Special constables in London come from all walks of life. They get involved in all kinds of police work in one of the world’s most diverse cities. Becoming a special is an experience that will enrich your life. You will unlock your potential and find yourself making a difference to the communities and people of London.
So what happens on a typical shift?
There is no such thing as a typical shift. You could find yourself responding to 999 emergency calls or going out on patrol, to making house-to-house enquiries or presenting evidence in court.
Yes, it can be challenging, but it can be extremely satisfying and rewarding, too. There is real scope to utilise the skills from your day job to the frontline of policing.
Where will you be based?
Specials are present in each of the 12 Basic Command Units (BCU) across London’s 32 boroughs. Each BCU has its own unique policing challenges, reflecting the area and community. You will be given the opportunity to select three BCUs you wish to volunteer in as a special constable during the recruitment process.
As a special constable you will be required to wear full police officer uniform. This includes a helmet, radio, body worn camera, body armour and additional officer safety equipment.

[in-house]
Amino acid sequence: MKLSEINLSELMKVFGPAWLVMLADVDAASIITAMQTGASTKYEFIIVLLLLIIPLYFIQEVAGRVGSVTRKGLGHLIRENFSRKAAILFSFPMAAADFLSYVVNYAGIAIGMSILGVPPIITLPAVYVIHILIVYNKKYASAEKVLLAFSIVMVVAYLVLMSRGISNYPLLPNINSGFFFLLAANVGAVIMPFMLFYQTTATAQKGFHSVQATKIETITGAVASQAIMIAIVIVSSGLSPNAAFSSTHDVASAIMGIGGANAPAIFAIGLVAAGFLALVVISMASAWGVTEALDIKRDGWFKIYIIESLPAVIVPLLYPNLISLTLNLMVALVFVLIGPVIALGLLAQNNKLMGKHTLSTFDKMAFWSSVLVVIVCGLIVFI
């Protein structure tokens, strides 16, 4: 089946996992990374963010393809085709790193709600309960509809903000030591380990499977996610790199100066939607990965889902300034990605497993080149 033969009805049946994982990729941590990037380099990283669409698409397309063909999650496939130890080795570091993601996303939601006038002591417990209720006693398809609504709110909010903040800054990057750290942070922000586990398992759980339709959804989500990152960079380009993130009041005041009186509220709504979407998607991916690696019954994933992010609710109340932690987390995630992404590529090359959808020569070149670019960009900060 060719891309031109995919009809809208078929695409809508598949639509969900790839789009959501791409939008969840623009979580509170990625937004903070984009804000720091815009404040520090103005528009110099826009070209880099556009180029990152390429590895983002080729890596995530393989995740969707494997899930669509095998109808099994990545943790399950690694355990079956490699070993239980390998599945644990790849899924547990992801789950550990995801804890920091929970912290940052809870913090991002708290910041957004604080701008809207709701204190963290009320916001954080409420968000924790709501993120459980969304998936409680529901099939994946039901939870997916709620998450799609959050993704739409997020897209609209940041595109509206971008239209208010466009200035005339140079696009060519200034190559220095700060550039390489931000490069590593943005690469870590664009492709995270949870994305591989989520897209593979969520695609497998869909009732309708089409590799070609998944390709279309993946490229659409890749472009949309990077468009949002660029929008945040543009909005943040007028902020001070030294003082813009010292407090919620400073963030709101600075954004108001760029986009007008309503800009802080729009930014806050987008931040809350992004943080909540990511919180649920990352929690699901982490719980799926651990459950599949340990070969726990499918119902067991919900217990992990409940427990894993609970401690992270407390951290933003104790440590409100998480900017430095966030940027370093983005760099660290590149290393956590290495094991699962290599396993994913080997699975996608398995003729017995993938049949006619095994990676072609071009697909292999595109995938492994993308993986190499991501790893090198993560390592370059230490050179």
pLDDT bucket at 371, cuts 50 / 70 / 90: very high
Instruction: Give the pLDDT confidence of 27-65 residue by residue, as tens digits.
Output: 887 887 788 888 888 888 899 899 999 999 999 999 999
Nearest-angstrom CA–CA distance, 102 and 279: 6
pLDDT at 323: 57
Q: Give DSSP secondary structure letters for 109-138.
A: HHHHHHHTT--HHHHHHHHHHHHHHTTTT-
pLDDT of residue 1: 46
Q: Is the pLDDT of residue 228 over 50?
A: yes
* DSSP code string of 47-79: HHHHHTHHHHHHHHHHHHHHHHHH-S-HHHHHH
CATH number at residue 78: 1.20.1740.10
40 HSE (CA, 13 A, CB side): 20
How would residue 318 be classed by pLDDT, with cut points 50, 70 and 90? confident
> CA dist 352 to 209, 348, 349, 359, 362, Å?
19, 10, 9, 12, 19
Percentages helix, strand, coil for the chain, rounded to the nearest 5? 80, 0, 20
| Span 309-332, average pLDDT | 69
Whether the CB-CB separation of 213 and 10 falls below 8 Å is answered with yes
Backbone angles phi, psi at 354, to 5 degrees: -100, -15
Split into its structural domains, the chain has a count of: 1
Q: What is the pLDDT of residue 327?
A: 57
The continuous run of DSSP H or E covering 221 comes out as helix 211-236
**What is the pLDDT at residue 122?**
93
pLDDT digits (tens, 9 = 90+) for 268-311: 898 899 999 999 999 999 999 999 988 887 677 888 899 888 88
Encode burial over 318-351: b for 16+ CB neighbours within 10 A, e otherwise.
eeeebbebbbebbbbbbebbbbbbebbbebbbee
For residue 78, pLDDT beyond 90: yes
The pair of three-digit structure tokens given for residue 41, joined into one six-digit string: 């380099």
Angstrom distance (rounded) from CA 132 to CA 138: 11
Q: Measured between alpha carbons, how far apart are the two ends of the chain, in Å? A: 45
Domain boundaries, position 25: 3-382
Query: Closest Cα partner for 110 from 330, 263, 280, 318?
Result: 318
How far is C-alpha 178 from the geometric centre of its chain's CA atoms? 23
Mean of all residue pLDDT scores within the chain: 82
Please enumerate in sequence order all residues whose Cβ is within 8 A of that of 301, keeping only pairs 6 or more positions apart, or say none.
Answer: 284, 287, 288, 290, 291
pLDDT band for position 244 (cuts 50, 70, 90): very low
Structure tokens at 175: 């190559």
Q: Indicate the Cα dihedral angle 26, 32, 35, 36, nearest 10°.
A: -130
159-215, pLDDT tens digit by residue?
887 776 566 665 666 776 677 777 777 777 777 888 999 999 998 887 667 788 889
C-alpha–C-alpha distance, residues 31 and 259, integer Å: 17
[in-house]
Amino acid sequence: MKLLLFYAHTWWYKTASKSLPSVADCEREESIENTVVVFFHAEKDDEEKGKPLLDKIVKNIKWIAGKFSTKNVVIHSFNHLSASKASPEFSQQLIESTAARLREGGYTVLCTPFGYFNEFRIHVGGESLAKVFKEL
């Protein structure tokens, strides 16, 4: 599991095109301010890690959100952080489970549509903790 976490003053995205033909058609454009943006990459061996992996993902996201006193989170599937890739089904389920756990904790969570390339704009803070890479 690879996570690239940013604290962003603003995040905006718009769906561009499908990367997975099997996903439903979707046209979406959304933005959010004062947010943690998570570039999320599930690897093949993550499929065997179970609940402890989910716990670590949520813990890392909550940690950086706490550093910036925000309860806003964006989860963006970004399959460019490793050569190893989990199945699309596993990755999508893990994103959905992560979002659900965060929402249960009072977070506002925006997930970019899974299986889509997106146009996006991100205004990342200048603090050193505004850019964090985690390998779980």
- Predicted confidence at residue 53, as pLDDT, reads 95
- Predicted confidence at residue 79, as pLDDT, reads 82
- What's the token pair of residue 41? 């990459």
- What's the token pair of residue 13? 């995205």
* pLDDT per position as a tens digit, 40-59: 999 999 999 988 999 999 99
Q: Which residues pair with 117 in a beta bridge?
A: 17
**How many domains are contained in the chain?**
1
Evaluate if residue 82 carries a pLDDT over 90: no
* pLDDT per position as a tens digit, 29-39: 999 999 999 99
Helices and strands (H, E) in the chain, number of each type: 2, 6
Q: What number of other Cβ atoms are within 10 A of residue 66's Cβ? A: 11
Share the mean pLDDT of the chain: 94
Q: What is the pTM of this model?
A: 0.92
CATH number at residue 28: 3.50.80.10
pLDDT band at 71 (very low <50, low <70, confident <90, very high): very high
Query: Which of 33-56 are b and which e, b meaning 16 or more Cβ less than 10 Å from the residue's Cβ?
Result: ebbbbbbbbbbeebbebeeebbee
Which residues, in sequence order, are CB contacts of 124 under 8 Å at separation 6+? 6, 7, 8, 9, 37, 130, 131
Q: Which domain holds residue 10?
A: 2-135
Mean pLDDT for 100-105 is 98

Specials can apply for criminal injuries compensation for injuries received on duty in the same way as regular officers.
The Special Constables Regulations provide for the refund of a maximum of 28 weeks loss of income by a special constable as a result of an injury on duty, subject to a maximum of a regular constable's pay over the same period.
A special constable may also be entitled to claim for loss of earnings through injury on duty not caused by a criminal act. A claim for loss of wages in the form of temporary total disablement (from usual gainful employment) can be submitted to the Met if an injury is incurred on duty as a special constable. This is mainly funded from a corporately arranged insurance with policy benefits of £500 per week payable for 28 weeks.